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Frequently Asked Questions About Stroke

  • What is stroke?
  • Answer:

    The two forms of stroke are ischemic -- blockage of a blood vessel supplying the brain, and hemorrhagic -- bleeding into or around the brain. In an ischemic stroke, a blood clot blocks or plugs a blood vessel or artery in the brain. About 80% of all strokes are ischemic. In a hemorrhagic stroke, a blood vessel in the brain breaks and bleeds into the brain. About 20% of strokes are hemorrhagic.

  • What happens during a stroke?
  • Answer:

    When a stroke occurs the blood supply to part of the brain is suddenly interrupted. Brain cells die when they no longer receive oxygen and nutrients from the blood or there is sudden bleeding into or around the brain.

  • What are the symptoms of a stroke?
  • Answer:

    The symptoms of a stroke include sudden numbness or weakness, especially on one side of the body; sudden confusion or trouble speaking or understanding speech; sudden trouble seeing in one or both eyes; sudden trouble with walking, dizziness, or loss of balance or coordination; or sudden severe headache with no known cause.

  • Why can't some victims identify stroke symptoms?
  • Answer:

    Because stroke injures the brain, one is not able to perceive one's own problems correctly. To a bystander, the stroke patient may seem unaware or confused. A stroke victim's best chance is if someone around her recognizes the stroke and acts quickly.

  • What should a bystander do during a stroke?
  • Answer:

    During a stroke, bystanders should know the signs and act in time. If you believe someone is having a stroke -- if the person loses the ability to speak, move an arm or leg on one side, or experiences facial paralysis on one side -- call 911 immediately. Stroke is a medical emergency. Immediate stroke treatment may save someone's life and enhance his or her chances for successful rehabilitation and recovery.

  • Why is there a need to act fast during a stroke?
  • Answer:

    Ischemic strokes, the most common strokes, can be treated with a drug called tPA, which dissolves artery-obstructing clots. The window of opportunity to use tPA to treat stroke patients is three hours, but to be evaluated and receive treatment, patients need to get to the hospital within 60 minutes. Stroke patients who received tPA within three hours of the onset of stroke symptoms are at least 30% more likely than placebo patients to recover from their stroke with little or no disability after three months.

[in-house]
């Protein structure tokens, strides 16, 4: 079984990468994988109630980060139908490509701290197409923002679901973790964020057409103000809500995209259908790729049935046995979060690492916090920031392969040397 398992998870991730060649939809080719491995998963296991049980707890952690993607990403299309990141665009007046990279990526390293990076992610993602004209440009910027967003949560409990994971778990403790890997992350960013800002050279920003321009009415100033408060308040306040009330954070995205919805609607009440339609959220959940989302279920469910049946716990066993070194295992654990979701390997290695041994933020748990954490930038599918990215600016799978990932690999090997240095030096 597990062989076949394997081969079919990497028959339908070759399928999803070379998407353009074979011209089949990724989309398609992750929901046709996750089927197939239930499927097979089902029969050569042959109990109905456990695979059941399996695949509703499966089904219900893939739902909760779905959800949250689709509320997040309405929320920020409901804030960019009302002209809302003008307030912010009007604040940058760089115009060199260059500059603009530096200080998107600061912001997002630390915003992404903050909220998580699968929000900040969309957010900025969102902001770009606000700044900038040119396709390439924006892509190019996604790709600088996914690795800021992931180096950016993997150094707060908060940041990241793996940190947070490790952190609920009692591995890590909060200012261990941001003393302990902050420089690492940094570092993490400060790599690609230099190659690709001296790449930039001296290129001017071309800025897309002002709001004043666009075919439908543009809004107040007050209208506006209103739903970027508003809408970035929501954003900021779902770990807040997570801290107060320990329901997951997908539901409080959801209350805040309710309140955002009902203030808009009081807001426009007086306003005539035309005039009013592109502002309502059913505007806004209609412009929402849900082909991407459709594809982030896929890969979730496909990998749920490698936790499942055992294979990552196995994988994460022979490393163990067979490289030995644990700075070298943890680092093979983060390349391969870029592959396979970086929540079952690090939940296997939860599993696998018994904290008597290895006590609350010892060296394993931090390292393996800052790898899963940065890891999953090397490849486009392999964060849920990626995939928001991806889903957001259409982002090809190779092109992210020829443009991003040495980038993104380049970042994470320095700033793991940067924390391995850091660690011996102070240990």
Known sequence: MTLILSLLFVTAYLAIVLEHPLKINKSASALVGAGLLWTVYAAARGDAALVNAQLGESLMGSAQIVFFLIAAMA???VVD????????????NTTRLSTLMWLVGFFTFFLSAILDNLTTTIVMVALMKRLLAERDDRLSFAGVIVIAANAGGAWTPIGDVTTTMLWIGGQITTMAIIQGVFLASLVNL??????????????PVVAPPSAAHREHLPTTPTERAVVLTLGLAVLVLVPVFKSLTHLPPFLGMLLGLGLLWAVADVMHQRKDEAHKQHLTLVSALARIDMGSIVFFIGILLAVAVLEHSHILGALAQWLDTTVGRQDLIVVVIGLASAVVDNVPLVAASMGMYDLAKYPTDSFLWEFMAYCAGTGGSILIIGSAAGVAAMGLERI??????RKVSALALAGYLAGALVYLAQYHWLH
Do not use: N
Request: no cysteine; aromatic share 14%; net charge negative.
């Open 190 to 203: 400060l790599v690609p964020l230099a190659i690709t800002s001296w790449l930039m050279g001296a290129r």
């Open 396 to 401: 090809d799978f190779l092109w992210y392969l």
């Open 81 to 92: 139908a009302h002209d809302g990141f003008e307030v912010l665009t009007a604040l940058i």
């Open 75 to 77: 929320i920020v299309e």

• What are the risk factors for stroke?
  • Answer:

    There are things you can do to lower your risk of stroke. High blood pressure increases your risk of stroke four to six times. Heart disease, especially a condition known as atrial fibrillation or AF, can double your risk of stroke. Your risk also increases if you smoke, have diabetes, sickle cell disease, high cholesterol, or a family history of stroke.

  • Is there any treatment for stroke?
  • Answer:

    Generally there are three treatment stages for stroke: prevention, therapy immediately after the stroke, and post-stroke rehabilitation. Therapies to prevent a first or recurrent stroke are based on treating an individual's underlying risk factors for stroke, such as high blood pressure, atrial fibrillation, and diabetes. Acute stroke therapies try to stop a stroke while it is happening by quickly dissolving the blood clot causing an ischemic stroke or by stopping the bleeding of a hemorrhagic stroke. Post-stroke rehabilitation helps individuals overcome disabilities that result from stroke damage. Medication or drug therapy is the most common treatment for stroke. The most popular classes of drugs used to prevent or treat stroke are antithrombotics (antiplatelet drugs and anticoagulants or "blood thinners") and thrombolytics.

  • What is the prognosis for stroke?
  • Answer: